Ahmed Janka Nabay is the undisputed king of the bubu music of northern Sierra Leone, a frantically-paced electronic dance music with ancient, magical origins in Sierra Leone (known as Salone by locals). Before Janka, Sierra Leoneans thought of bubu music as a relic of the past, something best left in the hills with the folk singers and so-called pagans. But in the mid 90s, during the Sierra Leonean civil war, Janka resuscitated and modernized bubu. Salone quickly fell under its spell.
In the summer of 2010, Janka formed the first bubu band ever in America with Brooklyn-based members of bands like Skeletons, Gang Gang Dance / Highlife, Zs and Saadi. The BUBU GANG is presently negotiating the release of its first EP in March, and an LP in June.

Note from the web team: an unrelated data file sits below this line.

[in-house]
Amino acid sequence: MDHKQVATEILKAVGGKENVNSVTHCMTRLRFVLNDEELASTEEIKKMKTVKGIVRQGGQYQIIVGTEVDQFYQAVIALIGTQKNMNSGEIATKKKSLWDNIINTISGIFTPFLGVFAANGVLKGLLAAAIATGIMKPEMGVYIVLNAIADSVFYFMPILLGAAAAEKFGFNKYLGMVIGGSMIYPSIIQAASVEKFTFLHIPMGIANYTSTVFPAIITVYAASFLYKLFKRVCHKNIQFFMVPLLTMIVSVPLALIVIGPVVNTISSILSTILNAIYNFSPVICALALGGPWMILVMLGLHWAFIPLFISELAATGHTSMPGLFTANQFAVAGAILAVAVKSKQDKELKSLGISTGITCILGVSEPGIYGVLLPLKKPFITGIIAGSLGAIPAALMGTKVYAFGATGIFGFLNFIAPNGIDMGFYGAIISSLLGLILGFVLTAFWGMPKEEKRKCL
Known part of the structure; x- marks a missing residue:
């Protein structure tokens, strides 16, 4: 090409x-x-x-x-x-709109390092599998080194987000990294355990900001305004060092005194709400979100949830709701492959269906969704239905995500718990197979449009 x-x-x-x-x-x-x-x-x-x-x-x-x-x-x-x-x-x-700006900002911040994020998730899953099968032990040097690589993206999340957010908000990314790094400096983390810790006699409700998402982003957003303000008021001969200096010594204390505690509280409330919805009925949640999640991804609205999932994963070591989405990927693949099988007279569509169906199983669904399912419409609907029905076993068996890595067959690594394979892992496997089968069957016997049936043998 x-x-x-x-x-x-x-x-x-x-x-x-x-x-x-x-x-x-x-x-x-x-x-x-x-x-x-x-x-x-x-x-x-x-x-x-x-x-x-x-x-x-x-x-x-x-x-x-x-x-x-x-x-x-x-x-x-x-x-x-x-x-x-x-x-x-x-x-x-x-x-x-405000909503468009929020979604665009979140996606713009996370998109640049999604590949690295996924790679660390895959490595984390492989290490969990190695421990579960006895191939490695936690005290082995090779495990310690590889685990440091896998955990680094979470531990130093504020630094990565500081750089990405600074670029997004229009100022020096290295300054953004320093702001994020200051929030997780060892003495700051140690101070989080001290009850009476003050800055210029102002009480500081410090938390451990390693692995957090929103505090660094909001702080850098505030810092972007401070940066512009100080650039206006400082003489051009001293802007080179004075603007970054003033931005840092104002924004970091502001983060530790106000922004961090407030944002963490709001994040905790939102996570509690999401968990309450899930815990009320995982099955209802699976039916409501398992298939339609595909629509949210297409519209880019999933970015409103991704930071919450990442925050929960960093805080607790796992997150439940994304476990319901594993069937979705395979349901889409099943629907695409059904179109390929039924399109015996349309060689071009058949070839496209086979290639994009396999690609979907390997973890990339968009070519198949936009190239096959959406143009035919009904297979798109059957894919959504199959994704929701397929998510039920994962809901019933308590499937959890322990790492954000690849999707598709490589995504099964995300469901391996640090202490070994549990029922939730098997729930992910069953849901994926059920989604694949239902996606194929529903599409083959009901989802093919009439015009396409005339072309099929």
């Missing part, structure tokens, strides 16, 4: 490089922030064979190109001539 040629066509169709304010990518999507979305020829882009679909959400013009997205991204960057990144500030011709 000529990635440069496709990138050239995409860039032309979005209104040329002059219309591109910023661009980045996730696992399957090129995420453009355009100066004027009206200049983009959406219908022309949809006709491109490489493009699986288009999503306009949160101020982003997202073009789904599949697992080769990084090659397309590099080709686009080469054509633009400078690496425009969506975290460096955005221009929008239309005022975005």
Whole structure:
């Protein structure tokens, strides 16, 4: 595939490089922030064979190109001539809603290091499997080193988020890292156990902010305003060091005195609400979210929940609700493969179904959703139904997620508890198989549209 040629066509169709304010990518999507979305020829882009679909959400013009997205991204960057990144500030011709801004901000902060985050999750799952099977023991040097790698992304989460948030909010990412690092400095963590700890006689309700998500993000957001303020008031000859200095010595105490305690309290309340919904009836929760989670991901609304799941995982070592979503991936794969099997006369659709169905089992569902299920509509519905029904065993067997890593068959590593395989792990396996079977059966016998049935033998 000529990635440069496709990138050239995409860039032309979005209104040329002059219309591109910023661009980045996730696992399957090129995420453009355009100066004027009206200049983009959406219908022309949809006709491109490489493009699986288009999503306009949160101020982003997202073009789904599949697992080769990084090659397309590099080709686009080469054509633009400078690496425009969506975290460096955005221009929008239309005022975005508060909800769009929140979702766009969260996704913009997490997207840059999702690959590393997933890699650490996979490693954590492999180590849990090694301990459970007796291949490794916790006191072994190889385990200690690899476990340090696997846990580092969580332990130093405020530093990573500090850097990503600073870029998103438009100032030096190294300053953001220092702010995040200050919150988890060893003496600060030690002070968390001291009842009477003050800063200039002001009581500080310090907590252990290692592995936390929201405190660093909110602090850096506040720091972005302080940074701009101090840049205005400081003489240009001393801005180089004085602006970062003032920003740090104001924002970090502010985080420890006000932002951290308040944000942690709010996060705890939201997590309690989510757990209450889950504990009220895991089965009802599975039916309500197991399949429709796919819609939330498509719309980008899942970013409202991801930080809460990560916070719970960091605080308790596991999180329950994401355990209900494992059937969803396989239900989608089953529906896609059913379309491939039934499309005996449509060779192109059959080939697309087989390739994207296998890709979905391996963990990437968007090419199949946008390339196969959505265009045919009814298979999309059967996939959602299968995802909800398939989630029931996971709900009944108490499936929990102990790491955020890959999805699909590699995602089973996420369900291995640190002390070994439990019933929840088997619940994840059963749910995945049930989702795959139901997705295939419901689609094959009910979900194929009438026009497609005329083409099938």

Janka’s history is deep — in the late 90s, he was the first musician to electrify bubu music, adding synths and drum machines to the airy hum of blown bamboo shoots and carburetor pipes. Janka’s bubu connects the dots between low-fi African techno and bubu’s ancient processional origins. This new bubu makes a point: that in the rush to modernize and escape the war, Sierra Leoneans risk abandoning their native culture. Janka’s music is out to change this — to prove that connection to indigenous culture is modern, futuristic even. This ethos made an impact in Janka’s beloved, war-torn country. As civil war raged in Freetown, Janka’s cassettes sold in the hundreds of thousands. Kids followed him through the streets, transported by the music.
Listen to To Ma Ya, one of Janka Nabay’s earliest songs: